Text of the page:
The Dark Tower
11-year old Jake (Tom Taylor) lost his fireman dad in the line of duty a year ago. Since then, he has had dreams or “visions” of the evil Man in Black (Matthew McConaughey) out to destroy the Earth and the Gunslinger (Idris Elba) who vows to stop him in “The Dark Tower.”
Laura's Review: D+
A Gunslinger (Idris Elba) and a Man in Black (Matthew McConaughey) haunt the dreams of Jake Chambers (Tom Taylor), who draws his overnight visions, alarming his mother, Laurie (Katheryn Winnick, "The Art of the Steal"). She believes they are the result of losing his firefighting dad in a gas explosion, an idea presented by his psychiatrist and one which her boyfriend pushes in order to get Jake into a hospital and out of his way. But Jake recognizes the representatives as Taheens by the seams in their skins, escaping to an old home in Brooklyn that houses a portal to the alternate world where the Man in Black uses the minds of children to attack "The Dark Tower." Cowriter (with Akiva Goldsman, Jeff Pinkner and Anders Thomas Jensen)/director Nikolaj Arcel ("A Royal Affair") professes to have learned English because of his desire to read Stephen King novels which were not available in his native Danish. Something's been lost in translation with his adaptation. The film's main character is Jake, not the Gunslinger, which makes this movie feel like a forgettable twist on "The Last Action Hero." I have never read this King series other than some of the standalone short stories included in his collections. Those were enough to get a feel for King's character and atmosphere, neither of which I experienced in Arcel's film. Elba and McConaughey are generic representations of good and evil, Elba's loss of his father (Dennis Haysbert) at the Man in Black's hands giving him a catch phrase and shared experience with the boy whose powerful Shine would be capable of toppling the Tower. (The Dark Tower is located at the center of the Universe and keeps evil beings at bay.) With the exception of fast motion gun chamber filling and morphing creatures, effects are utterly uninspired. Some may enjoy looking for the various Stephen King story Easter eggs scattered throughout ("It," "1408," "The Shining," "Christine," "The Shawshank Redemption" and more). Locales in the alternate world offer little but scorched earth blandness with New York City offering opportunities for some Roland (the Gunslinger) fish-out-of-water fun. But the film's emphasis on Jake guts Roland's story which is what "The Dark Tower" should be all about. "The Dark Tower" isn't so much awful as generic and disposable. It leaves one wondering why it wasn't adapted into a series for television, where it might have had room to breathe, instead. Grade:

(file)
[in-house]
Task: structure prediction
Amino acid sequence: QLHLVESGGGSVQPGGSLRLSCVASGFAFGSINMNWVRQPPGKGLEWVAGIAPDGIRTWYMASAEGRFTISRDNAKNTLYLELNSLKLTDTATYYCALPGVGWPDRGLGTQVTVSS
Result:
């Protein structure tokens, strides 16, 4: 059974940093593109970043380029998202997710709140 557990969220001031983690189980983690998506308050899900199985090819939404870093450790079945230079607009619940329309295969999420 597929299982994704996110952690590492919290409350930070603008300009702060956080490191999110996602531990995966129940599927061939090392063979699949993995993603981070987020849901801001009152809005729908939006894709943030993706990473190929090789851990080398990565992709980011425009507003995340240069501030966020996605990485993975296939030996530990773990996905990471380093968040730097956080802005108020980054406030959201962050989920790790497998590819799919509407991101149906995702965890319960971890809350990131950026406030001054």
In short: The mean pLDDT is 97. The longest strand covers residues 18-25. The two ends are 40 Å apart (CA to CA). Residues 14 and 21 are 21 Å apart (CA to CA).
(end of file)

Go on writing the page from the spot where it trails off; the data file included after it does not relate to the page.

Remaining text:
Robin's Review: C+
I tried reading the first of Stephen King’s The Dark Tower series back in 1982 but, at the time, it was not my literary cup of tea and I dropped it after a chapter or two. As such, I knew little of the “legend” and went into director and co-scribe Nikolaj Arcel’s imagining of King’s characters and places with few if any preconceived notions about the story. Here is what I figured out. Jake has a strong psychic gift that attracts the Man in Black, who wants to use the boy’s gift to destroy the Dark Tower, where the power of all the universes is centered. So, the MiB, also called the Sorcerer, searches for Jake to capture the boy and use his gift to complete the nefarious plan. Then, there is the Gunslinger, name Roland Deschain, who has his own vendetta against the Sorcerer and is out to stop his evil mission to rule over all the worlds. I know that The Dark Tower fans are going to rebel at how their epic novel series is represented by the film. To the filmmakers’ credit, “The Dark Tower” is being described as the sequel to the long-running book series and that is a plus for us the uninitiated. What I came out with is a sci-fi western about good versus evil with lots of shootouts and a lot of slick CGI. In other words, I was entertained.